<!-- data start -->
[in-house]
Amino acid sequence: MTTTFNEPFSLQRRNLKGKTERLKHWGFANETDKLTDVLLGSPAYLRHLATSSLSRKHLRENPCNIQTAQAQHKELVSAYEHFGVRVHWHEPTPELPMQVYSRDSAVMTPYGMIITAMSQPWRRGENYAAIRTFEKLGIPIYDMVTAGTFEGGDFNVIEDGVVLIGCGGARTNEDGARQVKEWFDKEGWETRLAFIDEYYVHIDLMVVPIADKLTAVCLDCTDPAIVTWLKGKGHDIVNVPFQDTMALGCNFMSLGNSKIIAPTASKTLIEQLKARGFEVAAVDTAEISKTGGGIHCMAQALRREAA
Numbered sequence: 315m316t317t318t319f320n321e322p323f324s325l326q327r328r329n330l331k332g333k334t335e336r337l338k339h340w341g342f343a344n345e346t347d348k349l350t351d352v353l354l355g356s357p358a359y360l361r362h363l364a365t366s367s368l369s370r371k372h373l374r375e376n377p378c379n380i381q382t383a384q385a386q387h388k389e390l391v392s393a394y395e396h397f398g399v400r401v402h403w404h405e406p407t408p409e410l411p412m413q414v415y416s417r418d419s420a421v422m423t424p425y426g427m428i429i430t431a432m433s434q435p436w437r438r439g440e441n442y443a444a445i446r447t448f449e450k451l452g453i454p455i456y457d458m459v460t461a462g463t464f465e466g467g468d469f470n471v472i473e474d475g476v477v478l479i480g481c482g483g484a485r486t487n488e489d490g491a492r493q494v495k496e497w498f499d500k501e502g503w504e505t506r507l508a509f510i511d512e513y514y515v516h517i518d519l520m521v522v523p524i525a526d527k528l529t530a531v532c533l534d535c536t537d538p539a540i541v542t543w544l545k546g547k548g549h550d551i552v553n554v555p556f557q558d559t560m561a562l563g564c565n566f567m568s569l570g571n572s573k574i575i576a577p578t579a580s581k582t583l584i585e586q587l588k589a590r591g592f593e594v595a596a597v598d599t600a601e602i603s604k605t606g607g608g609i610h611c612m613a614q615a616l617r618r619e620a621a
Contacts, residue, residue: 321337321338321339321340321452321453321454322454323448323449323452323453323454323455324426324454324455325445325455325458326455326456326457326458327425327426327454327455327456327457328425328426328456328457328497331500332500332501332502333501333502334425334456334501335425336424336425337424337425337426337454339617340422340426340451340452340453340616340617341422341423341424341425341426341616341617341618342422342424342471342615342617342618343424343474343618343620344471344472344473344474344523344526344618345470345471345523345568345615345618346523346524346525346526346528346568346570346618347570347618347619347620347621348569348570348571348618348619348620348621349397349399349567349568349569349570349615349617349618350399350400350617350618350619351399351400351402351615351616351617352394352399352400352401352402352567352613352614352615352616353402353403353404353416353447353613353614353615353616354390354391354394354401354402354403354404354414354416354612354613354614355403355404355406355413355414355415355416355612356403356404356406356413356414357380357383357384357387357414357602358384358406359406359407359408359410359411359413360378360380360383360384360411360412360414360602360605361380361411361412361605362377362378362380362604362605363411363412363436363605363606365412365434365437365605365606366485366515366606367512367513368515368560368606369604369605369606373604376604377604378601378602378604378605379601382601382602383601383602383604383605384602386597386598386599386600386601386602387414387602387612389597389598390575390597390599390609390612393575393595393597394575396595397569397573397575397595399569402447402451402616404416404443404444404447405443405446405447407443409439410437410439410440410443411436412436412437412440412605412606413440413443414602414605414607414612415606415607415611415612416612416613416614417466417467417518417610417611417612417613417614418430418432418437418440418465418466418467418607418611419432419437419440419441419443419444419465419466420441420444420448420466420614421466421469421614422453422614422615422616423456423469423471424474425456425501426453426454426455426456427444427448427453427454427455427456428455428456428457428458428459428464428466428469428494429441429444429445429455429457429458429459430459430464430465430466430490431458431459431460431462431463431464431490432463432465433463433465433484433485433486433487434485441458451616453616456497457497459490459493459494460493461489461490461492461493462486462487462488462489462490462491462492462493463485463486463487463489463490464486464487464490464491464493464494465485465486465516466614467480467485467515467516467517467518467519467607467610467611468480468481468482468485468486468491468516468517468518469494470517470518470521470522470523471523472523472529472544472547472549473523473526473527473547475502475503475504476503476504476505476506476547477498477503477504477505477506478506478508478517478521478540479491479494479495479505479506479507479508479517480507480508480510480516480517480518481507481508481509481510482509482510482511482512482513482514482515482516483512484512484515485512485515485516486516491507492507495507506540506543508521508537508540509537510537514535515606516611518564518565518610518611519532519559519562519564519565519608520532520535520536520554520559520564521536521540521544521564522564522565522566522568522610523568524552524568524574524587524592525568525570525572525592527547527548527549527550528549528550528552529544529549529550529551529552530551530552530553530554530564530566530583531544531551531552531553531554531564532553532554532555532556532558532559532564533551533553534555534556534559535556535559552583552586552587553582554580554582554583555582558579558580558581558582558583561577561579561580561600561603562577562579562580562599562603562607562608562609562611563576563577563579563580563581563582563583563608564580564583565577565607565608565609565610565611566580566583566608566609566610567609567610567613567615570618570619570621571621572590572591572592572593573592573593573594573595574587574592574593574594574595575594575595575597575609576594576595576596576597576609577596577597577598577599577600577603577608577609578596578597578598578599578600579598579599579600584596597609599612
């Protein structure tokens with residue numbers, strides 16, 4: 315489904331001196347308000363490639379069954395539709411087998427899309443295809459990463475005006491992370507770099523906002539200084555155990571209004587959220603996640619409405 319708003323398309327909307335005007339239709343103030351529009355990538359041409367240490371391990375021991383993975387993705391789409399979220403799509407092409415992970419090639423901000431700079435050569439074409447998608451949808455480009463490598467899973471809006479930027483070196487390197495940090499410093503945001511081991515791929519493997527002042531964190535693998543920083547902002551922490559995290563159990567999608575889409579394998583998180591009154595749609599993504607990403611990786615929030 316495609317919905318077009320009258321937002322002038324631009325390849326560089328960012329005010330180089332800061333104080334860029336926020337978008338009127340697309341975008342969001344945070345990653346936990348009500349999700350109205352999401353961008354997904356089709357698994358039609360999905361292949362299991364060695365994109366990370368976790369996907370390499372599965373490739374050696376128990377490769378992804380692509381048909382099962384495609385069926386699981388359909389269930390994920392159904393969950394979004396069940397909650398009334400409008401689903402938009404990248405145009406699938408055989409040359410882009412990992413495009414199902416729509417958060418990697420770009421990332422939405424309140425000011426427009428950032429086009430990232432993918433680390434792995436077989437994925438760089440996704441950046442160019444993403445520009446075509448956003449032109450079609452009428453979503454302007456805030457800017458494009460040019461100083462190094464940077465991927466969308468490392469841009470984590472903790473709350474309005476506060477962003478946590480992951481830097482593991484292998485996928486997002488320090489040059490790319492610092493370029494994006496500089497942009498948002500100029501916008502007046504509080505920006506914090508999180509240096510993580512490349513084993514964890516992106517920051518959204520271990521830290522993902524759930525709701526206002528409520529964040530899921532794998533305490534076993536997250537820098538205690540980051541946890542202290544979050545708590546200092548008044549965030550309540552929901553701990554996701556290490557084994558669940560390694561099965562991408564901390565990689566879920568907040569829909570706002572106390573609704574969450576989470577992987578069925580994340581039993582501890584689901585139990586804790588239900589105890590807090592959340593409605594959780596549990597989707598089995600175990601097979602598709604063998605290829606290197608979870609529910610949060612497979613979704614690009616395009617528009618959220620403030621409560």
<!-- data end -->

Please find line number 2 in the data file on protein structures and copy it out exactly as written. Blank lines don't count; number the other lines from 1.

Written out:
Amino acid sequence: MTTTFNEPFSLQRRNLKGKTERLKHWGFANETDKLTDVLLGSPAYLRHLATSSLSRKHLRENPCNIQTAQAQHKELVSAYEHFGVRVHWHEPTPELPMQVYSRDSAVMTPYGMIITAMSQPWRRGENYAAIRTFEKLGIPIYDMVTAGTFEGGDFNVIEDGVVLIGCGGARTNEDGARQVKEWFDKEGWETRLAFIDEYYVHIDLMVVPIADKLTAVCLDCTDPAIVTWLKGKGHDIVNVPFQDTMALGCNFMSLGNSKIIAPTASKTLIEQLKARGFEVAAVDTAEISKTGGGIHCMAQALRREAA